Washoku – a declining tradition?Even though many aspects of the eating culture were still passed down to the next generation, the Japanese government, in particular the Ministry of Agriculture, Forestry and Fisheries, addressed the need to preserve washoku and the meaning behind each aspect of the dietary culture. The traditional food culture was reported to be on a decline amid changing household structures, consumer preferences, and economic trends. With nuclear family households at the center of the busy city life, the foodservice industry and store retailers selling ready-to-eat meals were benefitting from their popularity as a fast and flexible option to still the hunger.
Additionally, the augmentation of international trade amid advances in economic partnership agreements on agricultural produce is impacting consumer price developments in favor of wheat-based foods and meats. While the limited arable land and high access to marine fisheries and aquaculture in the surrounding ocean fostered the role of seafood in the traditional diet in the past, market liberalization of food-related segments lowered the barriers for wheat-based foods and meats to replace rice and fish on the dining tables. But not only has the consumption of staple food experienced changes in the last decades, but food trends as well were rising and falling with the influx of foreign influences.
Between food trends and peculiar specialtiesWashoku is commonly considered a healthy dietary culture characterized by the sparse use of oil and seasonings, and the variety of fermented food like soy sauce, miso, and fermented soybeans (nattō). Contrasting the traditional diet are fluctuating trends emerging in domestic and foreign markets, with media playing a major role in the spread of food-related information. It is no rarity that the latest food trends are picked up in Japanese TV programs, with variety shows, documentary-type programs, and even news programs touching on the fast-changing trends. Trending foods attracting consumer attention range from confectioneries filled with cream and other sweet treats to savory, deep-fried snacks.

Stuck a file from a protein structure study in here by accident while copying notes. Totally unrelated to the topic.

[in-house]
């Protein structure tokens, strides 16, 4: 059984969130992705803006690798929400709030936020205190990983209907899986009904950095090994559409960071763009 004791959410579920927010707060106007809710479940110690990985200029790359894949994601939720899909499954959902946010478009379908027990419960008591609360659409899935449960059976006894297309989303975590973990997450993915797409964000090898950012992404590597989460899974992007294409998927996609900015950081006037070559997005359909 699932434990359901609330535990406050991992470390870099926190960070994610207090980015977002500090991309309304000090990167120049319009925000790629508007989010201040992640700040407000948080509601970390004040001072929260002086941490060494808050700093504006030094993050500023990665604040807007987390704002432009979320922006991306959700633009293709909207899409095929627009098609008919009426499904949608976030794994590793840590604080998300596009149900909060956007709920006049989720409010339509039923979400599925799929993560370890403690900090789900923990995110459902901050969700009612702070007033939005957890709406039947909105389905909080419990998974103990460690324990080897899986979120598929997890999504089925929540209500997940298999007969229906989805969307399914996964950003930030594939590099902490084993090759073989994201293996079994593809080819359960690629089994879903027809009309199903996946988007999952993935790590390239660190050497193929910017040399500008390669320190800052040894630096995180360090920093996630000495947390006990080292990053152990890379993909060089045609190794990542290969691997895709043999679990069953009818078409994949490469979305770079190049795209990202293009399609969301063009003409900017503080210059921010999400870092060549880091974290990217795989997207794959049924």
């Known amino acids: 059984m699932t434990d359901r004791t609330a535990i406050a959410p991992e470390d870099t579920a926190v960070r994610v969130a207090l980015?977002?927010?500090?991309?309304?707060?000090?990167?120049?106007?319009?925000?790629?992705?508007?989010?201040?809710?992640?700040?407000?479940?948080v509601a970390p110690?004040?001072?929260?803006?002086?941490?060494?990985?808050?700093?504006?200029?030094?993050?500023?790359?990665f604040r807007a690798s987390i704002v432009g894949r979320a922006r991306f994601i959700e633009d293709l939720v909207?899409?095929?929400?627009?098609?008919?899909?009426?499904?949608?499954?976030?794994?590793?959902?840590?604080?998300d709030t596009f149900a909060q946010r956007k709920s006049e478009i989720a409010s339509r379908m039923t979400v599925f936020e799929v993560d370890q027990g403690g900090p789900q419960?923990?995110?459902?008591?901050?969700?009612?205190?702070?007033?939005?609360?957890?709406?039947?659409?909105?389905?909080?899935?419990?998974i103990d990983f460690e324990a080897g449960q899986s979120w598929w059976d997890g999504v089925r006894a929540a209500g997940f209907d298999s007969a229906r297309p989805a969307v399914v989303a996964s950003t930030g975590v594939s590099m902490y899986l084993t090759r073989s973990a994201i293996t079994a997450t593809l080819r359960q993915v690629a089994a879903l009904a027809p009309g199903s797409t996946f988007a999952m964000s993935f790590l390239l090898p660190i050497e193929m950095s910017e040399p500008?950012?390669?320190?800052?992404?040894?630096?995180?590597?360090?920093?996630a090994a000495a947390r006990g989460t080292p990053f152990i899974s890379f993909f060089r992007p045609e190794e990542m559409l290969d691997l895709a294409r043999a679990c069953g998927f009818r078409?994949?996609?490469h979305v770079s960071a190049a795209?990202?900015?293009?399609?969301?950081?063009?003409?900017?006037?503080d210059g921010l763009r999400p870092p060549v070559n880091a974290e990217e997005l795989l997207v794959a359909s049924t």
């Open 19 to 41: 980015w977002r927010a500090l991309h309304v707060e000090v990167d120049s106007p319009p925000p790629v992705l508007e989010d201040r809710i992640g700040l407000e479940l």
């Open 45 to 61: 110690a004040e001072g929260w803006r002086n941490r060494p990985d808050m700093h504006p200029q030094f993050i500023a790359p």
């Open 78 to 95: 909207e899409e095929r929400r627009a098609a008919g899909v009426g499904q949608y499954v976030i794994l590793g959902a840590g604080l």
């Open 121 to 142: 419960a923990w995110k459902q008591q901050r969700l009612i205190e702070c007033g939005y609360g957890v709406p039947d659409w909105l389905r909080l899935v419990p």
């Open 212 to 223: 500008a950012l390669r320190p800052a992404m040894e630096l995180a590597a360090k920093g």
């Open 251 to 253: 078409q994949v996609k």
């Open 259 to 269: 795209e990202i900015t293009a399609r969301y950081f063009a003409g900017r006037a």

Between nutritional balance and emerging trends, food services in Japan also offer specialties marked controversial in the international society like whale meat and live seafood. Live seafood refers to the consumption of marine products like fish, shrimp, and octopuses that are still alive and moving when served. While live seafood is not a habitually consumed dish, raw food is a popular preparation method in the form of sashimi, thinly sliced meat or fish. But even though food services are subjected to strict hygiene regulations, food poisoning incidents at restaurants are not uncommon compared to other preparing facilities, with animal products being the most common causative food.